12 PrEP trials and protection estimates Clinical trialGenderSWDrug detection in blood and vaginal samples from non- seroconverters HIV protection estimate as related to high adherence Partners PrEP (oral)M/F ✗ 81%86-90% TDF2 (oral)M/F ✗ 79%78% FEM-PrEP (oral)FTS (12.6%) 26% at two visitsToo low Global iPrEx (oral)MSM/T G TS (41%)51%92% Bangkok Tenofovir (oral) M/F IDU SW/TS partners (38%) 66%74% VOICE (oral and topical) FTS (6.1%) 50% had no detectable levelsToo low CAPRISA 004 (topical) FTS (1.9%) 54% in high adherers (TS= Transactional sex)

13 Factors associated with SW that may affect PrEP effectiveness

14 Newer interventions: Secondary prevention Access to ARV Treatment critical for +SW health Regular VCT and commencement of ART at earlier stages of infection (higher CD4 counts) – HPTN 052 : 96% reduction in HIV transmission between linked discordant couples where treated partner was suppressed on ART. Important for HIV prevention in negative clients or intimate partners Effective PMTCT services to reduce vertical transmission

15 Combination prevention: RSA case study. From (Topical PrEP) (Oral PrEP)

16 Combination prevention: RSA case study. Effect of uptake and efficacy on % reduction in new HIV infections Oral PrEPTasP

17 Prevention Framework 5:Know your SW epidemic, know your SW response

18 Prevention Framework 4: Policy reform and decriminalisation: safer working conditions; < police brutality; FSW empowerment

19 Prevention Framework 3: Community based and led services, advocacy and mobilisation:

20 Prevention Framework 2: Networks : social, sexual, drug injection. STI control, condom promotion, harm reduction and reduction in GBV all important. 2: Networks : social, sexual, drug injection. STI control, condom promotion, harm reduction and reduction in GBV all important.

21 Prevention Framework 1: Behavioural and biomedical interventions: Condom usage, regular sexual and reproductive health care, VCT, PEP, PrEP (future of injectables, depot vaginal rings, rectal microbicides). Early Treatment for health and clients. 1: Behavioural and biomedical interventions: Condom usage, regular sexual and reproductive health care, VCT, PEP, PrEP (future of injectables, depot vaginal rings, rectal microbicides). Early Treatment for health and clients.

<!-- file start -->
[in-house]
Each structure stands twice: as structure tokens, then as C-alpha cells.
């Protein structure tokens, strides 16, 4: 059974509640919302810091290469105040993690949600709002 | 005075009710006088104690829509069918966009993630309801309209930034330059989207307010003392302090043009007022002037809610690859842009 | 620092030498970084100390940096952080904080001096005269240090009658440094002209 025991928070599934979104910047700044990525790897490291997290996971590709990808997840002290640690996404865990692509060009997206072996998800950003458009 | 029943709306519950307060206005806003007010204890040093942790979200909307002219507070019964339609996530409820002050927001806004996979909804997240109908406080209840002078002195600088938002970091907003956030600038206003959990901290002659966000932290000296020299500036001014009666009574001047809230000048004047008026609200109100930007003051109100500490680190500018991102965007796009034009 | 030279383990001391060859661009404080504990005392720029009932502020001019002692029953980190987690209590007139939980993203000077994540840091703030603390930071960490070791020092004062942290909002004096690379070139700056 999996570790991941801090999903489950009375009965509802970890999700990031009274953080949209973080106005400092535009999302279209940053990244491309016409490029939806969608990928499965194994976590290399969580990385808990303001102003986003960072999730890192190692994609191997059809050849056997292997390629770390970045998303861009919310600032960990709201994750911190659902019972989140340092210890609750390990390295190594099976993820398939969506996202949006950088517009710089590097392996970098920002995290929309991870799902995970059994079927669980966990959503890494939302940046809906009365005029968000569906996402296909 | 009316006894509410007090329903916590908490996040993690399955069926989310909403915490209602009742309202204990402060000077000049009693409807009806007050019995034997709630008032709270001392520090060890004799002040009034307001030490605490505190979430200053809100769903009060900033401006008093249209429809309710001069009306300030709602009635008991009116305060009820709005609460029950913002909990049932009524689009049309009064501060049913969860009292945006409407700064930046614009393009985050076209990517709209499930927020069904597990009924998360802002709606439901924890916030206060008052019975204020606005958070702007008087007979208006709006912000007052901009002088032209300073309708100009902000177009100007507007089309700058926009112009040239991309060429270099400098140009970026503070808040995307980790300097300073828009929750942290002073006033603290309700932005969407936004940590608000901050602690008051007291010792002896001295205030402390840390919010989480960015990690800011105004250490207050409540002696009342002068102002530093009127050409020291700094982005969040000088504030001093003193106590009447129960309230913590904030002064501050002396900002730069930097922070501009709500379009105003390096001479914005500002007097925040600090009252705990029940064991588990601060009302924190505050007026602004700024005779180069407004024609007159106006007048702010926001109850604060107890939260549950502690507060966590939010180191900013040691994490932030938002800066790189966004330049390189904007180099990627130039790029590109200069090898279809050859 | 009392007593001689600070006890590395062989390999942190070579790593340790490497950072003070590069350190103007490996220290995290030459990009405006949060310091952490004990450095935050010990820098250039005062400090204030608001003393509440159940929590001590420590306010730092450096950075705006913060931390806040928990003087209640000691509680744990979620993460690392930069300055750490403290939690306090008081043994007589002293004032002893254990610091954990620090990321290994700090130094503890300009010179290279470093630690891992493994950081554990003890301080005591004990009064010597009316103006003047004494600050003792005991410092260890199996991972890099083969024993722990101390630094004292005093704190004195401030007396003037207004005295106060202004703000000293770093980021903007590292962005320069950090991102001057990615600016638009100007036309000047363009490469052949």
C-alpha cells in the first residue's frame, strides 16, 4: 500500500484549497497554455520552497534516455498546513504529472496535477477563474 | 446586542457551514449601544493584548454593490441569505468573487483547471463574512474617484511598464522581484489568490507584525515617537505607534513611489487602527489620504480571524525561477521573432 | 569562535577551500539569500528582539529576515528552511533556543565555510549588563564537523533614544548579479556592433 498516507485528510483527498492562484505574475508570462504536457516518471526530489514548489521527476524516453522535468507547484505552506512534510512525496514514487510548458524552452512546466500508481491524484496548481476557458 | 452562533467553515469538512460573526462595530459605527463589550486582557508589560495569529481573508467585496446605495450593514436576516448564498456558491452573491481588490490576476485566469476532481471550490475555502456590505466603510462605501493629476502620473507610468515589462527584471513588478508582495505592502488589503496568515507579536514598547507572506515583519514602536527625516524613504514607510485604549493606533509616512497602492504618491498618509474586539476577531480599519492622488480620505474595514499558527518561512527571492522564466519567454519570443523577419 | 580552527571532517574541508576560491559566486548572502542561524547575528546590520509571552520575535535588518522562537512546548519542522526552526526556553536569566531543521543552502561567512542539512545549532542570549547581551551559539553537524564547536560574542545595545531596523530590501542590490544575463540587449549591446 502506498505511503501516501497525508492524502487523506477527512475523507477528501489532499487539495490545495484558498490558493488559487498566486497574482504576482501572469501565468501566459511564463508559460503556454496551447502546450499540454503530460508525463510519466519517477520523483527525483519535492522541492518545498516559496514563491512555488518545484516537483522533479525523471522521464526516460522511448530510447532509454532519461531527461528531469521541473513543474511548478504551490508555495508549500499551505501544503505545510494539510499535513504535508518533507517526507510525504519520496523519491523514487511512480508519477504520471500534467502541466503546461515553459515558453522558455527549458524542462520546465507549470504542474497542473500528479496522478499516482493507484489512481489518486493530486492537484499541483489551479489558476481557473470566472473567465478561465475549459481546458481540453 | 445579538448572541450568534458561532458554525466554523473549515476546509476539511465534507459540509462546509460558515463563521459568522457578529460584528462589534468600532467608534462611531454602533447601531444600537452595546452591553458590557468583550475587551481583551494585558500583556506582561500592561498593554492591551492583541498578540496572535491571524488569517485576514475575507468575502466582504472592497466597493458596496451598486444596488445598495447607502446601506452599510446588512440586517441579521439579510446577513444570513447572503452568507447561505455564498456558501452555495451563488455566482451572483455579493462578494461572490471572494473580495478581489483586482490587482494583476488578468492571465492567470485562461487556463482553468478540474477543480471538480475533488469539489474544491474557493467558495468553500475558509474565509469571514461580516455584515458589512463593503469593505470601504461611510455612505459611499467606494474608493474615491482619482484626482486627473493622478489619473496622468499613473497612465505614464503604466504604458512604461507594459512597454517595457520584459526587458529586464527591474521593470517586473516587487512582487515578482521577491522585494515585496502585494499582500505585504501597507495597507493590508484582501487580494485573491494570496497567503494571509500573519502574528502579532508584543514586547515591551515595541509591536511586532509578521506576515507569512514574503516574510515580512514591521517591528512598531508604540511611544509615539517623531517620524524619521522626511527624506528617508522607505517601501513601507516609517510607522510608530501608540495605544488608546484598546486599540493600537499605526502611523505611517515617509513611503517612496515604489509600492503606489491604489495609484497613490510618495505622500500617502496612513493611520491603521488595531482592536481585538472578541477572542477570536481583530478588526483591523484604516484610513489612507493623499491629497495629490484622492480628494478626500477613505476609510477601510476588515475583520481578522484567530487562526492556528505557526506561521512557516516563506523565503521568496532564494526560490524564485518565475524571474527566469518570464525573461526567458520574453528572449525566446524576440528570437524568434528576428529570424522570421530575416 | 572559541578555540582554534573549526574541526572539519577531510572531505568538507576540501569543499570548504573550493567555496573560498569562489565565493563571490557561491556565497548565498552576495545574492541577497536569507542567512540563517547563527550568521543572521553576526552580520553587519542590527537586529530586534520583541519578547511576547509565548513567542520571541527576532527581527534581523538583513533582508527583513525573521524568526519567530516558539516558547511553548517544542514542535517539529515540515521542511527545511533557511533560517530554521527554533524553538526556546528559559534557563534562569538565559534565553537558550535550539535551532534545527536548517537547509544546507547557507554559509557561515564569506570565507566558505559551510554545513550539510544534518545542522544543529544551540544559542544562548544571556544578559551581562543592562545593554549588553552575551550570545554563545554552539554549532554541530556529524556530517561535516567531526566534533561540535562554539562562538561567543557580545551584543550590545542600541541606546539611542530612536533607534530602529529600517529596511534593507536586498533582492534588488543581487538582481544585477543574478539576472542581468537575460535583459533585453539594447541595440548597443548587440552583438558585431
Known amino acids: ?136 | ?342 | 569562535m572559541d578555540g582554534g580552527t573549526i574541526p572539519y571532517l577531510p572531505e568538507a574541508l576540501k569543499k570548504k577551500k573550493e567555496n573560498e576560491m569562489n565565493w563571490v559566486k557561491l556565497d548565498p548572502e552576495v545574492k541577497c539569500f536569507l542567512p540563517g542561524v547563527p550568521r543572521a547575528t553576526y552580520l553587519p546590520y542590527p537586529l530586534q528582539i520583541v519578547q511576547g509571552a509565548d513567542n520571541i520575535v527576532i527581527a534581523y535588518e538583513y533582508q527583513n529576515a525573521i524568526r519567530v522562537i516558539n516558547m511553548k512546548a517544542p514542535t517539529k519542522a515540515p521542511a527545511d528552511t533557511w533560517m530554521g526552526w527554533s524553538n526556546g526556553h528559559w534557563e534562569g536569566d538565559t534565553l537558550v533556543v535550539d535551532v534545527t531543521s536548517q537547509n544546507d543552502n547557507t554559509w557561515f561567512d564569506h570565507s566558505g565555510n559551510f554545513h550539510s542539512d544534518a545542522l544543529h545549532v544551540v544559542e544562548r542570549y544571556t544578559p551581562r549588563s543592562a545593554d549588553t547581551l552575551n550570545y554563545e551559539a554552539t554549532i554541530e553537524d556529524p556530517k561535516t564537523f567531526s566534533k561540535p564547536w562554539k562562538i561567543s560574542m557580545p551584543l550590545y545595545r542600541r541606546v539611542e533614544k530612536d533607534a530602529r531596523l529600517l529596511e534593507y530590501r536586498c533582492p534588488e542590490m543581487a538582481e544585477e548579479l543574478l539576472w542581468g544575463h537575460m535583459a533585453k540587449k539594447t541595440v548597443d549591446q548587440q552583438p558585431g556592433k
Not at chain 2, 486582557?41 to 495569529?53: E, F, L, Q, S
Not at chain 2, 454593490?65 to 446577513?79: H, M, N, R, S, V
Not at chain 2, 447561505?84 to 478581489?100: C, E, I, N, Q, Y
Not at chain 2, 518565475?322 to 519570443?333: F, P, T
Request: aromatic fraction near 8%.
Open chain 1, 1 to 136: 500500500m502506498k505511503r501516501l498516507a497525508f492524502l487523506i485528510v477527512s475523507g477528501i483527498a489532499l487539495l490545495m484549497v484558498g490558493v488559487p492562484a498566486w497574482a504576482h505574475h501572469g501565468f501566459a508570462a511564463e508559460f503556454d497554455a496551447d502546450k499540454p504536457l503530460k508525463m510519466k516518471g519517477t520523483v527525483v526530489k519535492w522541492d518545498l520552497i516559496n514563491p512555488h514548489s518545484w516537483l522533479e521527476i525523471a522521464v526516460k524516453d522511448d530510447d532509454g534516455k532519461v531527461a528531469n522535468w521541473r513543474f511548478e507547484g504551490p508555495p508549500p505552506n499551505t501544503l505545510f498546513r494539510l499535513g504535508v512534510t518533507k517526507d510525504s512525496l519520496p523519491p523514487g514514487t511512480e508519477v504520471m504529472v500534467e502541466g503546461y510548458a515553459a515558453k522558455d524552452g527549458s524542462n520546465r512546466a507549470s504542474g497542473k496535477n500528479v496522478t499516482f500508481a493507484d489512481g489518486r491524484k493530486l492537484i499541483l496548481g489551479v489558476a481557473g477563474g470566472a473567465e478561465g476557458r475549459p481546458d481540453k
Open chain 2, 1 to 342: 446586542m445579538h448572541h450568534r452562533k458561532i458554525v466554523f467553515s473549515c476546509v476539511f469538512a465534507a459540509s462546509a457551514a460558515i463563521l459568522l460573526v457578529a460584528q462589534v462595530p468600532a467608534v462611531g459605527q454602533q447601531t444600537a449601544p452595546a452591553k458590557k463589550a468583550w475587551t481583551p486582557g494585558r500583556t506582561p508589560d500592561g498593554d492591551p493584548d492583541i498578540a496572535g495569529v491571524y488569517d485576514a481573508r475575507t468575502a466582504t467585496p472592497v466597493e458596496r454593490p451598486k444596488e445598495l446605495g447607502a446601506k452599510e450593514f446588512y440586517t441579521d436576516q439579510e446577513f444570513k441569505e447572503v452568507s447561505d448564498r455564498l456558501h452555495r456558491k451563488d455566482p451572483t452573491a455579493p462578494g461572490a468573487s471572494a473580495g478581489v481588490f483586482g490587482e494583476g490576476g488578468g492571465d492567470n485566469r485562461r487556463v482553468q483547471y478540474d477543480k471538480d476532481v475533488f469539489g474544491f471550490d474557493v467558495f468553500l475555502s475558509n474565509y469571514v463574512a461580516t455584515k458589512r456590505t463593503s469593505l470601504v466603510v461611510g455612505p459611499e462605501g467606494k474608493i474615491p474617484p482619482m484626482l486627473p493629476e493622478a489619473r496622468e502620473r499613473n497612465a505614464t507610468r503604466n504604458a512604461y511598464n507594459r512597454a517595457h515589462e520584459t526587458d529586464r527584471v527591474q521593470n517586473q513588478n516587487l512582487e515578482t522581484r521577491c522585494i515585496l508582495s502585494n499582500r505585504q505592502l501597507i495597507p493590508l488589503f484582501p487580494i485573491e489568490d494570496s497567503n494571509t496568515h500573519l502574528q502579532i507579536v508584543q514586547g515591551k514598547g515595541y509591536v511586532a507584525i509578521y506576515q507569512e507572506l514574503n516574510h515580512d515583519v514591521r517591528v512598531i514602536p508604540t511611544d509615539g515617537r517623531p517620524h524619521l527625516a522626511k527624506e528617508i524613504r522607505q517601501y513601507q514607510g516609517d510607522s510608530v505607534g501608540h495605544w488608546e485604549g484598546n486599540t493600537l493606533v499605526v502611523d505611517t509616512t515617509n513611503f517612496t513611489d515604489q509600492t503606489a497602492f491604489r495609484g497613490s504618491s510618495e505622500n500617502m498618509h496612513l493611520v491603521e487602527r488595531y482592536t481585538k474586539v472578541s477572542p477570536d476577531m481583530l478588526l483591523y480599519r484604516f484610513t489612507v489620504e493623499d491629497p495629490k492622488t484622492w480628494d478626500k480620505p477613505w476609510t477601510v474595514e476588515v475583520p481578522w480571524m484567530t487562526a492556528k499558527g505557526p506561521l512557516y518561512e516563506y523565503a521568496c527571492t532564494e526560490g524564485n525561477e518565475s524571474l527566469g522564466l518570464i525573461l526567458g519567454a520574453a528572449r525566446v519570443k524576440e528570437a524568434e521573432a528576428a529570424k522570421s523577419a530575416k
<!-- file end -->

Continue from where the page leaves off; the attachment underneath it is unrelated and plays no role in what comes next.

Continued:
22 Conclusions Effective HIV prevention interventions for FSWs have not been taken to scale in most parts of the world Stigma and criminalization form barriers to existing effective interventions FSW prevention packages MUST include SWs in design and implementation Newer biomedical technologies should be additive to and not replacements for established interventions. – PrEP has been shown to be effective in men and women although sparse evidence in SWs. – ART critical for SWs living with HIV – Earlier ART in positive FSWs will benefit clients directly and FSW indirectly. Tailored combination prevention interventions for FSWs are likely to have greatest benefit in SWs, clients and wider population.

23 Final word: “Where sex workers organize, where the police do not harass them and they are free to avail themselves of quality HIV services, sex workers have lower rates of STIs, more economic power and a greater ability to get education for their children”. The Global Commission on HIV and the law: Sex Workers 2012.

24 Thank You Guest editors (Chris Beyrer, Jenny Butler, Anna-Louise Crago, Steff Strathdee) and Editors. Co-authors: Leigh Johnson, Frances Cowan, Cheryl Overs, Donela Besada, Sharon Hillier, Ward Cates Jnr. Valuable comments: Cate Hankins, Ken Mayer, Stef Strathdee, Chris Beyrer. Visuals: Maria Stacey (SWEAT), Andy Lambert (TB/HIV). Quote: Sisters with a Voice- Frances Cowan (Zim) Funding: – The Bill and Melinda Gates Foundation – The United Nations Family Planning Association.